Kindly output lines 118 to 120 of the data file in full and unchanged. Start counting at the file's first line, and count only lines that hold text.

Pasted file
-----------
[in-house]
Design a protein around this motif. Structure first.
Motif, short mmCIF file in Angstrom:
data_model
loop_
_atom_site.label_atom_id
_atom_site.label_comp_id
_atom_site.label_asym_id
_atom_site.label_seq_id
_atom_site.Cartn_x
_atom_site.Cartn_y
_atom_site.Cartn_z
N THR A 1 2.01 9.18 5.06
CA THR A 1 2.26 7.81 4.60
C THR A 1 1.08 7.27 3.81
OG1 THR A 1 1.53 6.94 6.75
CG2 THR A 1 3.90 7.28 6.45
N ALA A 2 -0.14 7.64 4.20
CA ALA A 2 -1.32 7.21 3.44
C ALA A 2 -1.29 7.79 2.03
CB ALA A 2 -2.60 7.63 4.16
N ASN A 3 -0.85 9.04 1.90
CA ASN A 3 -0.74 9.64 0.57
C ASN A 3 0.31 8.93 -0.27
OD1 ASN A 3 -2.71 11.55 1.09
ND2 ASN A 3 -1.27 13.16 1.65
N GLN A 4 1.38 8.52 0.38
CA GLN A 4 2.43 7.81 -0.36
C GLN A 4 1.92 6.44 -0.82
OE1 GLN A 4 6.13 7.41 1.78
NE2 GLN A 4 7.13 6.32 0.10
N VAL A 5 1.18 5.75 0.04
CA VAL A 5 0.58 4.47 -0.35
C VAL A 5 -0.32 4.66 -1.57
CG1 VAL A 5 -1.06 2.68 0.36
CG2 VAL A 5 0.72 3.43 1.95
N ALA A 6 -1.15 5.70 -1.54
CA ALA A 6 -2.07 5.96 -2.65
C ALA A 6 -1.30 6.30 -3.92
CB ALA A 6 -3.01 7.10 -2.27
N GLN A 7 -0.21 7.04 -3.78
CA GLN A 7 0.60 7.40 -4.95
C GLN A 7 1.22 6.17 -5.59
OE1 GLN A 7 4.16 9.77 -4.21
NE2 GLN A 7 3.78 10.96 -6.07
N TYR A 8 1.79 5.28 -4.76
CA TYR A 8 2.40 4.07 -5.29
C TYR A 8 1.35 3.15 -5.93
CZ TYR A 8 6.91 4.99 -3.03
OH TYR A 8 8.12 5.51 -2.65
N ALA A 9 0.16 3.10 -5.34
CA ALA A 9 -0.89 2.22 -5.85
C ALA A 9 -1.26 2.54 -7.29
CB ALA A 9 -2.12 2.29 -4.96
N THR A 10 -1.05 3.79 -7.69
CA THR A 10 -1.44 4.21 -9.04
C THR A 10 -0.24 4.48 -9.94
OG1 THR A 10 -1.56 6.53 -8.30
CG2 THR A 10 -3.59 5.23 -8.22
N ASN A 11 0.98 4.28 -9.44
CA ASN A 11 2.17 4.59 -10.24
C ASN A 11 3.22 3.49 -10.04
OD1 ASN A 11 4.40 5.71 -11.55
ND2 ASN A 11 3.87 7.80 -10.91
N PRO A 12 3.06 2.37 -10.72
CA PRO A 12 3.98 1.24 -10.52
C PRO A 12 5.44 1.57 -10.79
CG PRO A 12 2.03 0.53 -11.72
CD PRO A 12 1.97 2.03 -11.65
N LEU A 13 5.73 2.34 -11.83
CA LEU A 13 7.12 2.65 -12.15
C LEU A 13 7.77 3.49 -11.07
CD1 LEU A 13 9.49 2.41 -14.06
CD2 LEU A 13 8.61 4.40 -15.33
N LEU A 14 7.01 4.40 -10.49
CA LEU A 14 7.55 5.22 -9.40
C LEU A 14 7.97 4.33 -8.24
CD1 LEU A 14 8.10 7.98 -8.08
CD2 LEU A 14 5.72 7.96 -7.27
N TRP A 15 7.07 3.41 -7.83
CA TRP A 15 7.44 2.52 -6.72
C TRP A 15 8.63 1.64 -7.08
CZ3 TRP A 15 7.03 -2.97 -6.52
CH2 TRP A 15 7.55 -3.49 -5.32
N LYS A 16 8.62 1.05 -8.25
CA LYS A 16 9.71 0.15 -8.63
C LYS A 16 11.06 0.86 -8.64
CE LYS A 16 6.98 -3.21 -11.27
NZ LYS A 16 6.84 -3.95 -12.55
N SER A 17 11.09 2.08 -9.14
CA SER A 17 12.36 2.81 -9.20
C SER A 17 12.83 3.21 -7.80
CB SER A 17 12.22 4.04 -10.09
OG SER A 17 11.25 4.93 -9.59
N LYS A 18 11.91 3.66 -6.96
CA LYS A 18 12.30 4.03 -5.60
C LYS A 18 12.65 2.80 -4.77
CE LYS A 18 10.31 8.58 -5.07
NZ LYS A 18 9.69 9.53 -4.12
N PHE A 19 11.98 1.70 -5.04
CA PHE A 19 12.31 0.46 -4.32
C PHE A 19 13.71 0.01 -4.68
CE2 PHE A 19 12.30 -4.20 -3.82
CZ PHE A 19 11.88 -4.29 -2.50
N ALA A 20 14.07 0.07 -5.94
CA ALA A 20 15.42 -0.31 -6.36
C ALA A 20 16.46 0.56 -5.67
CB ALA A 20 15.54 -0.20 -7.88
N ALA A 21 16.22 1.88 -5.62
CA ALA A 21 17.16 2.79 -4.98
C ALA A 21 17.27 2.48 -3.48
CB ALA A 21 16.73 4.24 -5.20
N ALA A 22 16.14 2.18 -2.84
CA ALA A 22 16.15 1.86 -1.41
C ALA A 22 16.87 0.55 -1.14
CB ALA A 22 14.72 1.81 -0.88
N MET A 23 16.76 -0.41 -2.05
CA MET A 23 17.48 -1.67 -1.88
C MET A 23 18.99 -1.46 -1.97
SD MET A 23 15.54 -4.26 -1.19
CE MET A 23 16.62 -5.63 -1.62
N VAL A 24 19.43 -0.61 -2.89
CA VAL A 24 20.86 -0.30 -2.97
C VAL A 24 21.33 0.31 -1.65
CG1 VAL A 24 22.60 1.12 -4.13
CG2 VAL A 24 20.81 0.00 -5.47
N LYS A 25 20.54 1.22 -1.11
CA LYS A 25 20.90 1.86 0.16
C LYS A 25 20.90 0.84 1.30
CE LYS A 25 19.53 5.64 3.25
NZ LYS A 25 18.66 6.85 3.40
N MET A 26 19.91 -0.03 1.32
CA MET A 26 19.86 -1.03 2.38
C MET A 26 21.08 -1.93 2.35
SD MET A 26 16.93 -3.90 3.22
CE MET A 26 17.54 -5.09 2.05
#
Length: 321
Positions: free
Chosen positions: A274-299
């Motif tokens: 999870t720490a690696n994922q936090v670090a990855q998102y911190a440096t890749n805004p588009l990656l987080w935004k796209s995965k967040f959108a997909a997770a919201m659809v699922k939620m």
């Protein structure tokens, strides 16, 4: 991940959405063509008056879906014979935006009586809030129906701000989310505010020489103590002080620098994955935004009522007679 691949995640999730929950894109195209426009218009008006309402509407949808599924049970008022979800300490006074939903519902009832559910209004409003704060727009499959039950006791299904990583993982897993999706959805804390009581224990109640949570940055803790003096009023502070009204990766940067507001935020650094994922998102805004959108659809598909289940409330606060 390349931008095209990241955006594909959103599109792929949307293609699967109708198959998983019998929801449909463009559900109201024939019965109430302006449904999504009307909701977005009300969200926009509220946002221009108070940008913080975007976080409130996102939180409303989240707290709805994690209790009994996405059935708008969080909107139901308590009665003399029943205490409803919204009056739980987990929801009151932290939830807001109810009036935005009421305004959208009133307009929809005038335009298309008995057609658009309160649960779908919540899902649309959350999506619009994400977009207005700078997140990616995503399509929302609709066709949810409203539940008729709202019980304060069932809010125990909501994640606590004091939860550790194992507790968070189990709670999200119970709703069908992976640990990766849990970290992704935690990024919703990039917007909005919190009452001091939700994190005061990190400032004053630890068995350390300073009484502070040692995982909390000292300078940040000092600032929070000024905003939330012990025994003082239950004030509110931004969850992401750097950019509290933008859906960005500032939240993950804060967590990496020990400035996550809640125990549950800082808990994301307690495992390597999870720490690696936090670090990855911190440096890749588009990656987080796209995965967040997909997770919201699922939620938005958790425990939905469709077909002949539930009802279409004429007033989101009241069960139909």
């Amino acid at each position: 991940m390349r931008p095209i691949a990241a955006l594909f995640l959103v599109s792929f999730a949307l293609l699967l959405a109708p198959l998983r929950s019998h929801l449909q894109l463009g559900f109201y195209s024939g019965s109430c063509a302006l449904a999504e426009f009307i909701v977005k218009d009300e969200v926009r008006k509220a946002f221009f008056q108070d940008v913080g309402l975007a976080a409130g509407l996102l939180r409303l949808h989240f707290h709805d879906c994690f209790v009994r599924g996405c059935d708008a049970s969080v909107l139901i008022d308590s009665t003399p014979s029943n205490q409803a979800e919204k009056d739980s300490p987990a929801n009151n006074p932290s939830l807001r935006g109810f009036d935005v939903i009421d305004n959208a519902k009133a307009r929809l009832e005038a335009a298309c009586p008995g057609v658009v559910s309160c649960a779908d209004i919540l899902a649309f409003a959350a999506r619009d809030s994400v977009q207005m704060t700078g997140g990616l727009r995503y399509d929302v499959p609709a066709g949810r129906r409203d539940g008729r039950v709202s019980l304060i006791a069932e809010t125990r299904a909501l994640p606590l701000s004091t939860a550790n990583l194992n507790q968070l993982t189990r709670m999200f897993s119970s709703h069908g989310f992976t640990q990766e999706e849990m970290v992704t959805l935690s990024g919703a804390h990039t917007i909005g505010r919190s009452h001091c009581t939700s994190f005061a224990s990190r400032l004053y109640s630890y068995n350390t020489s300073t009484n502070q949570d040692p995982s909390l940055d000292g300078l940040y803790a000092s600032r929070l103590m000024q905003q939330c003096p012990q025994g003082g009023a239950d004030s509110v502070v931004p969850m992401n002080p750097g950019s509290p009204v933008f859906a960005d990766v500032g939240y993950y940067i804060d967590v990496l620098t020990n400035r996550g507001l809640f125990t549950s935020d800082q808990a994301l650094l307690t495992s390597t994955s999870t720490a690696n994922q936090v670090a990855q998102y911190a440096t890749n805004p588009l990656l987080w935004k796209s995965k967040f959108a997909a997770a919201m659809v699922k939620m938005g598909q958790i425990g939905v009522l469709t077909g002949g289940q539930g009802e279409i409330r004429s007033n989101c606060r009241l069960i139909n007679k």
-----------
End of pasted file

CA MET A 23 17.48 -1.67 -1.88
C MET A 23 18.99 -1.46 -1.97
SD MET A 23 15.54 -4.26 -1.19